Additional perk: everything was just pricey enough and just tiny enough I felt French. Sitting there sipping my giant glass barely full of chardonnay, I savored every drop and bite. It was a good reminder to eat this way more often — enjoying every sensation and not eating quickly and too much just because you can.
I am so proud of Dan and so glad I went. It is such a delight to see friends finding success with their passion. Watching him work in the kitchen last night was impressive. I hope this is the first of many “best” meals I enjoy at one of his restaurants.
- Posted in
- Arizona, Kitchen Talk
This weekend was one that I will never forget. From the unique + thoughtful going away party a couple girlfriends coordinated — Adios Arizona Urban Adventure — to the Mumford + Son’s concert, with a brief foray afterward in a party bus, to Easter brunch with friends that ended in south Scottsdale far too late. Phew.
Phoenix, I just can’t quit you.
I’ve said “see you later” to so many sweet friends in the last few days. I’ve never slept less and danced more. I’ll let the photos paint the picture because I’m too tired to be clever — just as you should be on your last Monday in town.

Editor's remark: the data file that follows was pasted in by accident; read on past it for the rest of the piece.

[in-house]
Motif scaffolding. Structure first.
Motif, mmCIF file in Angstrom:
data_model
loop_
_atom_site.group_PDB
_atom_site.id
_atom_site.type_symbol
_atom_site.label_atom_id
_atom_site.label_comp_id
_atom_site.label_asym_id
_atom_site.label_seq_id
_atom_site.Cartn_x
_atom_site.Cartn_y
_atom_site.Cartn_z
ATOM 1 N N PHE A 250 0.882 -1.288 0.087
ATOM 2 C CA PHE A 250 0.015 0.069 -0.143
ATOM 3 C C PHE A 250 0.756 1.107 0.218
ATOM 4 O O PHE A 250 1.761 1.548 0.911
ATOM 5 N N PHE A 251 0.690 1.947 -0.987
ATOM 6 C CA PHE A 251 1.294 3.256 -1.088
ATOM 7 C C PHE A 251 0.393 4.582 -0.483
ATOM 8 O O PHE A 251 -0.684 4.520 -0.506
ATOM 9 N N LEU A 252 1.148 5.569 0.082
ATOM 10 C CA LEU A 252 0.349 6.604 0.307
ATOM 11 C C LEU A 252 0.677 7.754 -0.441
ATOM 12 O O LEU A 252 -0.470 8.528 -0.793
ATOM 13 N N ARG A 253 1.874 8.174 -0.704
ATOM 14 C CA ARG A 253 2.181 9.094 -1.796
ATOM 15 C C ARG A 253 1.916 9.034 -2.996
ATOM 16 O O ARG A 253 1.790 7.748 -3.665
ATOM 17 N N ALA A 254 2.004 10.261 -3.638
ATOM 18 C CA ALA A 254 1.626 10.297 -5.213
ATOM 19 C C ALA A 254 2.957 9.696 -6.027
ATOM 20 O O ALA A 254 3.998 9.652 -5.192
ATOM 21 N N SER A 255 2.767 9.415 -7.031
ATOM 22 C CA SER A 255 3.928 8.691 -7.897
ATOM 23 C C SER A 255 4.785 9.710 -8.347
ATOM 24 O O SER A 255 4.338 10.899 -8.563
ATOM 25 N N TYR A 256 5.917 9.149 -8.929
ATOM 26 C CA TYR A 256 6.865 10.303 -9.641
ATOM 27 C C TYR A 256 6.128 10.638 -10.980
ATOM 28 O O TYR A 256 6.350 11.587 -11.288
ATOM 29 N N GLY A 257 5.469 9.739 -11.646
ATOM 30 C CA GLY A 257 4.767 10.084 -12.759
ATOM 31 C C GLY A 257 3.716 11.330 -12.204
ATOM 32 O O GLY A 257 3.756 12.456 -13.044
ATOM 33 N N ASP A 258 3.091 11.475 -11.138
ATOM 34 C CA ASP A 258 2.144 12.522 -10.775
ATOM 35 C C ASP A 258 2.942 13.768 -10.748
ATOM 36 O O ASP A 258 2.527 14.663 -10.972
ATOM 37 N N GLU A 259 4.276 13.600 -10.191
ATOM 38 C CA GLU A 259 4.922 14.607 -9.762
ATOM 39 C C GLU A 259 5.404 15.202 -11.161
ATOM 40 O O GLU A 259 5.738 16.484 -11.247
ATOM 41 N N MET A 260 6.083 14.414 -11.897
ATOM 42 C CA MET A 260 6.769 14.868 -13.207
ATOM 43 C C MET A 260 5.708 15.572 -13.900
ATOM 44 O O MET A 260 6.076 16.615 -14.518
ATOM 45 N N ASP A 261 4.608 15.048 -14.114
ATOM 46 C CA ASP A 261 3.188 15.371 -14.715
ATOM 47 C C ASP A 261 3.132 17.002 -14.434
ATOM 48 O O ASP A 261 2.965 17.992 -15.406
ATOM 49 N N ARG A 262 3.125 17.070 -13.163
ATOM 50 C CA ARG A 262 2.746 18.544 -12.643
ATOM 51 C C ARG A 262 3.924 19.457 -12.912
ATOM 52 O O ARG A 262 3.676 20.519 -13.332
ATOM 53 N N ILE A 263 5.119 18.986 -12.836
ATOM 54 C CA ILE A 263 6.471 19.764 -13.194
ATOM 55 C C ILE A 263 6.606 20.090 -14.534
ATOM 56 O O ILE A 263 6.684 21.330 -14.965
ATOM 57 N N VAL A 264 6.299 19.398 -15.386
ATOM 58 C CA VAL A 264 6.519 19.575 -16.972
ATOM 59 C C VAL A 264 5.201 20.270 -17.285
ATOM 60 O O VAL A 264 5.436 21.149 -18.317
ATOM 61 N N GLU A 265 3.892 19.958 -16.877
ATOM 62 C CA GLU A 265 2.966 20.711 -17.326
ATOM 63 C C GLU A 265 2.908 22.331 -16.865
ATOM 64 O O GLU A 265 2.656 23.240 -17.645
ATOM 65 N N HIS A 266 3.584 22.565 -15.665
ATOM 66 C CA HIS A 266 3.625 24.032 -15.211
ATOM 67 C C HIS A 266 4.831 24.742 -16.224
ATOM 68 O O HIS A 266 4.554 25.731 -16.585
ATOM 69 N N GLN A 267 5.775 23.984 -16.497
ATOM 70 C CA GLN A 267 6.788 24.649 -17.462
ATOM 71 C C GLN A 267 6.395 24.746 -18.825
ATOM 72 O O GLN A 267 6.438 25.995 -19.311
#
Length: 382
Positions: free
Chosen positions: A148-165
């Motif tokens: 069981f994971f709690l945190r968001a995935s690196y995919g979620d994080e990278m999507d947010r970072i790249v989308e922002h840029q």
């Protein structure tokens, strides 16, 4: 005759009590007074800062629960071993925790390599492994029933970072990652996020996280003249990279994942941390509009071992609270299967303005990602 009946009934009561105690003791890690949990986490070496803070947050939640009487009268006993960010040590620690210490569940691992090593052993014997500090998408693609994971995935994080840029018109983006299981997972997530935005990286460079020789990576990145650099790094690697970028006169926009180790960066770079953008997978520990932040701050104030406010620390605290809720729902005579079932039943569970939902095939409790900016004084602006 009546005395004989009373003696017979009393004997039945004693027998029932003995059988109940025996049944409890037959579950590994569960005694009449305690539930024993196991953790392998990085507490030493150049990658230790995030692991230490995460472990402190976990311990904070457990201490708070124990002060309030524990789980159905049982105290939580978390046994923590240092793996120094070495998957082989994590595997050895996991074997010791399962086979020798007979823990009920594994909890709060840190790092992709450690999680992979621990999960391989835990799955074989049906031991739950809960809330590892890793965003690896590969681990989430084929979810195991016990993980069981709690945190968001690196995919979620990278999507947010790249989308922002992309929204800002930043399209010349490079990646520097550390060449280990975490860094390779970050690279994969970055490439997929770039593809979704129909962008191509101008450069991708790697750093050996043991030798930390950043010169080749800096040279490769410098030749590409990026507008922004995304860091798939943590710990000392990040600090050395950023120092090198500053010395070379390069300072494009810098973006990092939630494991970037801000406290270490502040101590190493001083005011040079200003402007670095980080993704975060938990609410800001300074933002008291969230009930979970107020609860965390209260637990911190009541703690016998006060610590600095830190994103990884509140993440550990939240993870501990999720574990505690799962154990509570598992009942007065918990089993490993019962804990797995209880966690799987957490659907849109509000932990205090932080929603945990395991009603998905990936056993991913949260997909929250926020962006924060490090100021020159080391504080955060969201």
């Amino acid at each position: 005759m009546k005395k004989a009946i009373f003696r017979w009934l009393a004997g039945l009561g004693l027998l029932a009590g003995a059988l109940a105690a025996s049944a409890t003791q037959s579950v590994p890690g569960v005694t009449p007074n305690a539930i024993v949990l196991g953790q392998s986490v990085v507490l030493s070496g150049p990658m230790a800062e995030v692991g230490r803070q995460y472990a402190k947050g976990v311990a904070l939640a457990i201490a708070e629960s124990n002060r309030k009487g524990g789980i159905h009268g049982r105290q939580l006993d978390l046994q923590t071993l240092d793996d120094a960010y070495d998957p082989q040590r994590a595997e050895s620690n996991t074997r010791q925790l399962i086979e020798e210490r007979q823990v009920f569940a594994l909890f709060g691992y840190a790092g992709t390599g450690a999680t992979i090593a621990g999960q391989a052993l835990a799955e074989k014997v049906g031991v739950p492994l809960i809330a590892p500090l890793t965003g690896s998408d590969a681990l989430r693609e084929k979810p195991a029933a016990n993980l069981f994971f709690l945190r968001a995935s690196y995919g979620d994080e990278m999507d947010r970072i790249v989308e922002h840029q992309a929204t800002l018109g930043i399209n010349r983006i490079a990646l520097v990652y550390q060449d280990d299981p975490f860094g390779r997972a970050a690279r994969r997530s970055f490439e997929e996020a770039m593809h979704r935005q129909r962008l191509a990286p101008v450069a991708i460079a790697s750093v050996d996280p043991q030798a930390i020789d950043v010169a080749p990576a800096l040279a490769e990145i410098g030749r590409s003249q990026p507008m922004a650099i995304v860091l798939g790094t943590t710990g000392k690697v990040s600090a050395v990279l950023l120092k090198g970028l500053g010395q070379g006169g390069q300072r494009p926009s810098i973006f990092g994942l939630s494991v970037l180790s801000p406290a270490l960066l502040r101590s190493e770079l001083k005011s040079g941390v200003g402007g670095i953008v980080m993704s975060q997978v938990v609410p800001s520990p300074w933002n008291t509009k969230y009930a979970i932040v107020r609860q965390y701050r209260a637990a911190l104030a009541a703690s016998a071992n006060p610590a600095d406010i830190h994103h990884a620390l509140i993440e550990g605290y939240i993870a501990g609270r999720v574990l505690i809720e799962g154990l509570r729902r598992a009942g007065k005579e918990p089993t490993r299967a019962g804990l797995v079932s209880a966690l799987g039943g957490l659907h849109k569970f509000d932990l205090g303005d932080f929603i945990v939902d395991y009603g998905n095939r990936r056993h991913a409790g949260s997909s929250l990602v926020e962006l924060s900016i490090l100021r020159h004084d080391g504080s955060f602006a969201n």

Adios Arizona Urban Adventure:
Mumford + Sons, Party Bus:
Juliann + Mariah — thank you for the best going away party. Clever, thoughtful and so much fun!
And to the Disbrows + Wrights, my many thanks as always for including me at your table.
- Posted in
- Arizona, Celebrate!
To those who believe, a very joyous Easter to you and yours!
As a Christian, this weekend is the most holy; the resurrection of Christ is fundamental to my belief. I read this chapter — Matthew 28 — and weep with the miraculous generosity, kindness and boldness of God. Such mercy, grace and love to give his only Son!
May this season of rebirth renew and strengthen our faith. May we be touched by grace, and may our words and actions reflect our gratitude for this ultimate sacrifice.
- Posted in
- Celebrate!, Faith